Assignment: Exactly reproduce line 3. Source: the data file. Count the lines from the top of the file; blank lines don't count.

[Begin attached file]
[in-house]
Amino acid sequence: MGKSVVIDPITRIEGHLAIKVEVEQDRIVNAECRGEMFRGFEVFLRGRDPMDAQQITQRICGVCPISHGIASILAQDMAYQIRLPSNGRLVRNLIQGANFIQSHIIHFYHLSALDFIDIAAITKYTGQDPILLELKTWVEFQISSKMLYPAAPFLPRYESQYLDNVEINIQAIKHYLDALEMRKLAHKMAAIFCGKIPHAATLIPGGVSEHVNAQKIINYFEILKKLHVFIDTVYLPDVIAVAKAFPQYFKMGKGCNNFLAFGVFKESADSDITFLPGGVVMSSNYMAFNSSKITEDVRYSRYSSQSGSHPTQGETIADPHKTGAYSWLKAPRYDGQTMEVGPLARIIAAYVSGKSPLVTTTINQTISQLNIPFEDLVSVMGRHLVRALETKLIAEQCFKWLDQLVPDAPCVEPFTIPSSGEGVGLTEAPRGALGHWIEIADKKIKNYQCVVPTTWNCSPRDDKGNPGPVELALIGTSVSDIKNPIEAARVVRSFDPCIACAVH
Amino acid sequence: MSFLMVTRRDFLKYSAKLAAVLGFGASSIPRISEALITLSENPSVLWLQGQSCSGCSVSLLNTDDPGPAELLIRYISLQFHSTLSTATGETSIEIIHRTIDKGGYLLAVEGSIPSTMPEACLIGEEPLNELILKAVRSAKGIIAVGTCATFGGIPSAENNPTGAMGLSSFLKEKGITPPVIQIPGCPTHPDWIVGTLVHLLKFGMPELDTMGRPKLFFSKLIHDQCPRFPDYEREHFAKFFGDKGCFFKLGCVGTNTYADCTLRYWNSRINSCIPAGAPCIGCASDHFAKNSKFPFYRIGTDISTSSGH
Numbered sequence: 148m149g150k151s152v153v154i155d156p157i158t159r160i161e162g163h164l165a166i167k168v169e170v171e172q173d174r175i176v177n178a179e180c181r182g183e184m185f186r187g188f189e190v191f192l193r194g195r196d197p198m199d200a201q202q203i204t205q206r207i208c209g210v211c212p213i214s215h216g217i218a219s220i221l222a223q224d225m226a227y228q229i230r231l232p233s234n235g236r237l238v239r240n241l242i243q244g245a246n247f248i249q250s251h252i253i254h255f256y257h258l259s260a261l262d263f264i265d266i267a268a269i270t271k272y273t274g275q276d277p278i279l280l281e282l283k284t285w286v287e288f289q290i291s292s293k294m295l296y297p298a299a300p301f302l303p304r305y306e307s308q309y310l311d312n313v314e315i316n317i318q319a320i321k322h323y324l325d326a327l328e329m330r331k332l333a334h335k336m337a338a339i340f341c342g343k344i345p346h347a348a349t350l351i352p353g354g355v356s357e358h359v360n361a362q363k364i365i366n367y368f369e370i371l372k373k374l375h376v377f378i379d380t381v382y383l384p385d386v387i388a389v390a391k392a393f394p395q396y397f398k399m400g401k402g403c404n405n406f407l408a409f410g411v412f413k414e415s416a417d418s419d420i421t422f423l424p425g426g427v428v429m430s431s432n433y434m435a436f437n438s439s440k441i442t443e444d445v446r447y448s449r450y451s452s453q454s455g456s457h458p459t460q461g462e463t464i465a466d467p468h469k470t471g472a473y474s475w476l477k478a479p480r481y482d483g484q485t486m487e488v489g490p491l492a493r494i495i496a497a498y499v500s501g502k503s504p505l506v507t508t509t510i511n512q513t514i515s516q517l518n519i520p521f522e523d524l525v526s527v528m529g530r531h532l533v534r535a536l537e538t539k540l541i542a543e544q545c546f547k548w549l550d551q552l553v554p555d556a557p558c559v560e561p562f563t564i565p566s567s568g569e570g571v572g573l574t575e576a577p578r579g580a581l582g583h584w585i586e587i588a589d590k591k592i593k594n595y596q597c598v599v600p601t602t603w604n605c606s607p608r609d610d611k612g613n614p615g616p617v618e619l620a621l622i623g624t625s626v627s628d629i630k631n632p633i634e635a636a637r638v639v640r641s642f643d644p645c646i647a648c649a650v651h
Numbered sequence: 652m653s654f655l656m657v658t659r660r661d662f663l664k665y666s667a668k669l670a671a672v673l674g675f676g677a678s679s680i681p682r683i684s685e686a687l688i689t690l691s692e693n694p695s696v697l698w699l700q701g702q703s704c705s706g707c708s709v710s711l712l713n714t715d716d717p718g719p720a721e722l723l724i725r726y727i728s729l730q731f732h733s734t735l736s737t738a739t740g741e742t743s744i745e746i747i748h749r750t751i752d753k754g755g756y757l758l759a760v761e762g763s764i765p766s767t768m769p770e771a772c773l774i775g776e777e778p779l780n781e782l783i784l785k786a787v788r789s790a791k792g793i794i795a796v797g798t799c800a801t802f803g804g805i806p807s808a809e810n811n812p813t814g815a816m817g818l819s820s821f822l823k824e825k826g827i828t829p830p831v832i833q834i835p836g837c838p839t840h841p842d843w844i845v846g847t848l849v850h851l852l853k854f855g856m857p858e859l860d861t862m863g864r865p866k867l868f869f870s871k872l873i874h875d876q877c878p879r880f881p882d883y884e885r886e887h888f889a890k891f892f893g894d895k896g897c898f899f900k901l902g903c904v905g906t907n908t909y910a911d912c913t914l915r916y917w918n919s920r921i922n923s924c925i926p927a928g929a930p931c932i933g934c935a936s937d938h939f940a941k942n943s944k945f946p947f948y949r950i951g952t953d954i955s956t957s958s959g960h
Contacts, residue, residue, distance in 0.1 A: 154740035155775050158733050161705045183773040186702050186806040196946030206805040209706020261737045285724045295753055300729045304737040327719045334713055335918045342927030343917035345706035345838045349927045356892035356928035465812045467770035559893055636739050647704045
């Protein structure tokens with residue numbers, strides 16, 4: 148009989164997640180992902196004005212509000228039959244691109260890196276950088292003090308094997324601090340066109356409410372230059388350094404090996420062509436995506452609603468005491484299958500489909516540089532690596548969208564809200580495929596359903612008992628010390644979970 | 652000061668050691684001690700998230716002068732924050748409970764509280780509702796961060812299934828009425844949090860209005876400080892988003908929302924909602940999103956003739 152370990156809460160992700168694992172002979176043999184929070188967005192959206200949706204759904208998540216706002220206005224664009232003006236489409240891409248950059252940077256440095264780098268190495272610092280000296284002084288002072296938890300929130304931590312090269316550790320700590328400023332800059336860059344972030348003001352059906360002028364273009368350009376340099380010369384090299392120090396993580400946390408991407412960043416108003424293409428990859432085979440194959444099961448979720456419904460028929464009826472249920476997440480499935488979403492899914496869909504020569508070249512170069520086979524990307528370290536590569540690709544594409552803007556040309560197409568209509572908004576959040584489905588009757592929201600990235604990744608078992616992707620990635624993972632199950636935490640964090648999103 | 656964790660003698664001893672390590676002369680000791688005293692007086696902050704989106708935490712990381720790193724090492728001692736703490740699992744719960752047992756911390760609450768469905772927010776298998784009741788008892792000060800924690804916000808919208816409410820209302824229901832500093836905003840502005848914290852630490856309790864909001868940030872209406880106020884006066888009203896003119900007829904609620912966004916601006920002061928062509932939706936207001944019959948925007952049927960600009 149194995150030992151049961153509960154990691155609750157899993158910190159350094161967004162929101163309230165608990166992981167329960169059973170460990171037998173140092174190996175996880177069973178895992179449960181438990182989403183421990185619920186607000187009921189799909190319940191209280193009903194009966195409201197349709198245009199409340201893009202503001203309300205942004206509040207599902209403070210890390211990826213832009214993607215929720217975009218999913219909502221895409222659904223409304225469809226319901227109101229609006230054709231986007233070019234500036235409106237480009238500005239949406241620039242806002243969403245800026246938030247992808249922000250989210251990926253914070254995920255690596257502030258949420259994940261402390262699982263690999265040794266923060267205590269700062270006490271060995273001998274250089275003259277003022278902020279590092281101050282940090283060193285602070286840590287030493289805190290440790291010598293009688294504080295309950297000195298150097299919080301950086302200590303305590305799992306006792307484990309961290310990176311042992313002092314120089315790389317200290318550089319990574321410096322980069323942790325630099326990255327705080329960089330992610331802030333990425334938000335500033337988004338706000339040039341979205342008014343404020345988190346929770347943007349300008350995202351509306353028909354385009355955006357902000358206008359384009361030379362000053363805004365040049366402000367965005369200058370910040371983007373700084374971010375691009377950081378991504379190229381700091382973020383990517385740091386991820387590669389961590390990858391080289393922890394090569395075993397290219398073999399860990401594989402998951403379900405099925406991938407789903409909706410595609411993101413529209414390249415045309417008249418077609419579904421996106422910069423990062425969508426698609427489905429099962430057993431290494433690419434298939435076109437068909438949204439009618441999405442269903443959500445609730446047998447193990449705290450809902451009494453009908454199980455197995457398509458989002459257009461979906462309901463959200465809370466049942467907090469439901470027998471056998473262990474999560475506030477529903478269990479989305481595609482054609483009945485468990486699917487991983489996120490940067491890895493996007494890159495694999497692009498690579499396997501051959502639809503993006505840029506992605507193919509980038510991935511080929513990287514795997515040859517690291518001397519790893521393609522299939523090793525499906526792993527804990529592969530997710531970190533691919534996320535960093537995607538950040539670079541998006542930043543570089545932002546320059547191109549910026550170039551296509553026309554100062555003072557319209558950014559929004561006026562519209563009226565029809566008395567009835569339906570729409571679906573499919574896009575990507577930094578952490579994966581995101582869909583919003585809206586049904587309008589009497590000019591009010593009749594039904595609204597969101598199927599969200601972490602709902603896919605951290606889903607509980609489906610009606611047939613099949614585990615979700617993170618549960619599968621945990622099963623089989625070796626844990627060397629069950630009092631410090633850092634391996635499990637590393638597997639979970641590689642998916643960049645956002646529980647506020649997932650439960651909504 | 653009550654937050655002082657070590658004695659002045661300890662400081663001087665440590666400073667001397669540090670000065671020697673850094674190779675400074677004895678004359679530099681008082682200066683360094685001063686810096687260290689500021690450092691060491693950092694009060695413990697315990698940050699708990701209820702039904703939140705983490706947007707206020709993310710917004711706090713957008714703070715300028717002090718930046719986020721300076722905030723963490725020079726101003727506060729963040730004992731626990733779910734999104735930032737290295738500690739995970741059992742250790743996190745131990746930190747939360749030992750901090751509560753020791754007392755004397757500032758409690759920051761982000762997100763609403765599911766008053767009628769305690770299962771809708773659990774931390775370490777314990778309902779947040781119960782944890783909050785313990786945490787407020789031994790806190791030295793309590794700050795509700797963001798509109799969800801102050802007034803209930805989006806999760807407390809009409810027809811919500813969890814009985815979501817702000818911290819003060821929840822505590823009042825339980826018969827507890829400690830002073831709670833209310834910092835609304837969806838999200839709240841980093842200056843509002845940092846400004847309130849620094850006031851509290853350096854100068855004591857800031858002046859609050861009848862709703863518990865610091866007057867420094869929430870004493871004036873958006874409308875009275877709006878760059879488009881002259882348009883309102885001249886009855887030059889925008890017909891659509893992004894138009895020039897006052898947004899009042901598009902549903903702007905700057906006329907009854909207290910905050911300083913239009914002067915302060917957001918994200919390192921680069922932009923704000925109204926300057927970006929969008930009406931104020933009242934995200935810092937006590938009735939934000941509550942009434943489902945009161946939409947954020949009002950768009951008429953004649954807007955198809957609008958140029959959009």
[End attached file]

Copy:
Amino acid sequence: MSFLMVTRRDFLKYSAKLAAVLGFGASSIPRISEALITLSENPSVLWLQGQSCSGCSVSLLNTDDPGPAELLIRYISLQFHSTLSTATGETSIEIIHRTIDKGGYLLAVEGSIPSTMPEACLIGEEPLNELILKAVRSAKGIIAVGTCATFGGIPSAENNPTGAMGLSSFLKEKGITPPVIQIPGCPTHPDWIVGTLVHLLKFGMPELDTMGRPKLFFSKLIHDQCPRFPDYEREHFAKFFGDKGCFFKLGCVGTNTYADCTLRYWNSRINSCIPAGAPCIGCASDHFAKNSKFPFYRIGTDISTSSGH